Victor left Oregon for California in 1878. She had been separated from her husband since 1868, and he had died in 1875. Now widowed, Victor accepted an offer to work for book collector and historian Hubert Howe Bancroft. For eleven years, she labored as a researcher and ghostwriter, completing the first two volumes of History of Oregon; History of Washington, Idaho, and Montana; History of Nevada, Colorado, and Wyoming; and significant portions of several other volumes. In the 1890s, Victor became increasingly frustrated that historians praised the accuracy and depth of History of Oregon, unaware that she was the author. At the 1893 Mechanics Fair in San Francisco and at the Chicago World's Fair, she displayed the four volumes she had written, with her name placed alongside Bancroft's on the books' spines.
Victor believed that her most significant contribution to history was to challenge several myths associated with Marcus Whitman. In 1884, she sought to dismantle the "Whitman-saves-Oregon" story, particularly the legend that he traveled on a harrowing journey in the fall of 1842 to Washington, D.C., to prevent Secretary of State Daniel Webster from trading Oregon Territory to Britain. Instead, Victor argued that self-interest had motivated Whitman's trip. She also established that Whitman was one of many Americans who promoted the migration and settlement of the Oregon Country during the years of United States–British joint occupation. Victor's writings ignited a firestorm of disapproval among local ministers and some historians who criticized her lack of respect for missionaries and America's founding heroes.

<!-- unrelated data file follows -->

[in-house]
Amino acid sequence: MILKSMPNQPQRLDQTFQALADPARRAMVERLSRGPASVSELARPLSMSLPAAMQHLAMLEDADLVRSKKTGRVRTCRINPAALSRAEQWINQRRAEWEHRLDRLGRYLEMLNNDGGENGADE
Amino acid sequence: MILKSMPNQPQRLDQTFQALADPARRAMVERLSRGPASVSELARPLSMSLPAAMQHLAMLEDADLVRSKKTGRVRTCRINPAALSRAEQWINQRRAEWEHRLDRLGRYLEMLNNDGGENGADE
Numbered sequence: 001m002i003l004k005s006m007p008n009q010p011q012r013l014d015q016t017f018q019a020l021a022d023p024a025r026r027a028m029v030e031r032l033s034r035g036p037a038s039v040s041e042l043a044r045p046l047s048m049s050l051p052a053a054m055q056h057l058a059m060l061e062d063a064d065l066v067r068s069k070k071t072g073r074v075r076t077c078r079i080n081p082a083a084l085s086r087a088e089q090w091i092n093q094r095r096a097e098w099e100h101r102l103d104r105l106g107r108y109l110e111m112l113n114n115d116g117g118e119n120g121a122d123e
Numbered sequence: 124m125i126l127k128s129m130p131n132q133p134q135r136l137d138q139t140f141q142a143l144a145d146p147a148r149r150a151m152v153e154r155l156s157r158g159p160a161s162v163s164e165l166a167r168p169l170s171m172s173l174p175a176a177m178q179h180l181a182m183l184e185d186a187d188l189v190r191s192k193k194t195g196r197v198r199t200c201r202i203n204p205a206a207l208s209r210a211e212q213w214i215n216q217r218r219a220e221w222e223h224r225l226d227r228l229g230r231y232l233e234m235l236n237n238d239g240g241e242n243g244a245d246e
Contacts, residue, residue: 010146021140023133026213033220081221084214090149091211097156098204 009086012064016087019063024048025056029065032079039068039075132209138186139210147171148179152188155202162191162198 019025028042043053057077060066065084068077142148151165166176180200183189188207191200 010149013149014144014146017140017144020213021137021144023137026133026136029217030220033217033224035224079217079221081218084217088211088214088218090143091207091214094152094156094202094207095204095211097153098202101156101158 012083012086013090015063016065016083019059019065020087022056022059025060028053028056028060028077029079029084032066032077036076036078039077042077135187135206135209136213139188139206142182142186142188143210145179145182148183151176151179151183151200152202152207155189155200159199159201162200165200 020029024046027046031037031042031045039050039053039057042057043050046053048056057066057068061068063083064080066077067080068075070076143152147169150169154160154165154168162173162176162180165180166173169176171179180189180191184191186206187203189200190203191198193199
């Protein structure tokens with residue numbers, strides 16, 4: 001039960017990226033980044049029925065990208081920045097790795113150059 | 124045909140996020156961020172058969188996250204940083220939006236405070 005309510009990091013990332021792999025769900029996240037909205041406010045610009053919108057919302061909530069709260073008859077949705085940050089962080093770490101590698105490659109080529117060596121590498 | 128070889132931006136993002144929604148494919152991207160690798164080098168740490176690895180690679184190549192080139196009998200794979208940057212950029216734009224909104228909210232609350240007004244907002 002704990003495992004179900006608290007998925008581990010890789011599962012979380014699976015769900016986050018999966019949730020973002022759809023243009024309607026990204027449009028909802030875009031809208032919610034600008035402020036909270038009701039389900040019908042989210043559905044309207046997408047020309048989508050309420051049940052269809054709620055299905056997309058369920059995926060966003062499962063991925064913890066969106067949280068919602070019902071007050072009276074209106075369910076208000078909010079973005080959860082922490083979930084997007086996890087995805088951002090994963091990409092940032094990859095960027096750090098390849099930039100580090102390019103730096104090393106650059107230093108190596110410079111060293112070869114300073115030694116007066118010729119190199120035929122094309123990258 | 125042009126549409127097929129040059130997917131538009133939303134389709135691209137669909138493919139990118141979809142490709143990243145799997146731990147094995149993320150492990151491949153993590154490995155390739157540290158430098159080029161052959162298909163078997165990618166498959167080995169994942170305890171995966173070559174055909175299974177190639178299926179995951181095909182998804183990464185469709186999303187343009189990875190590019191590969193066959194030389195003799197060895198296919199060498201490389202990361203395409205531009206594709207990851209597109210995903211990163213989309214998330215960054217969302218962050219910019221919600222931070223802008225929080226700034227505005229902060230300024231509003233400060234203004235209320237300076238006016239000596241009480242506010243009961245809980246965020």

Victor returned to Oregon in 1889. Struggling financially, she frequently sought compensation for her work. The Oregon legislature commissioned The Early Indian Wars of Oregon, and she often implored Secretary Frederic Young of the Oregon Historical Society to pay for her essays.
Acknowledged by the Oregonian as the Mother of Oregon History, Victor was an iconoclast who prided herself on conscientiousness and rigor. In poor health and relying on the largesse of friends, her last years were bittersweet. At her death on November 14, 1902, she left behind numerous histories yet to be completed, including a revision of The River of the West and a biography of Marcus Whitman.
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Martin, Jim. A Bit of A Blue: The Life and Work of Frances Fuller Victor. Salem: Deep Well Publishing Company, 1992.
Mills, Hazel Emery. "The Emergence of Frances Fuller Victor—Historian." Oregon Historical Quarterly 62 (December 1961): 309-336.
Morris, William A. "The Origin and Authorship of the Bancroft Pacific State Publications: A History of a History." Oregon Historical Quarterly 4 (December 1903): 287-364.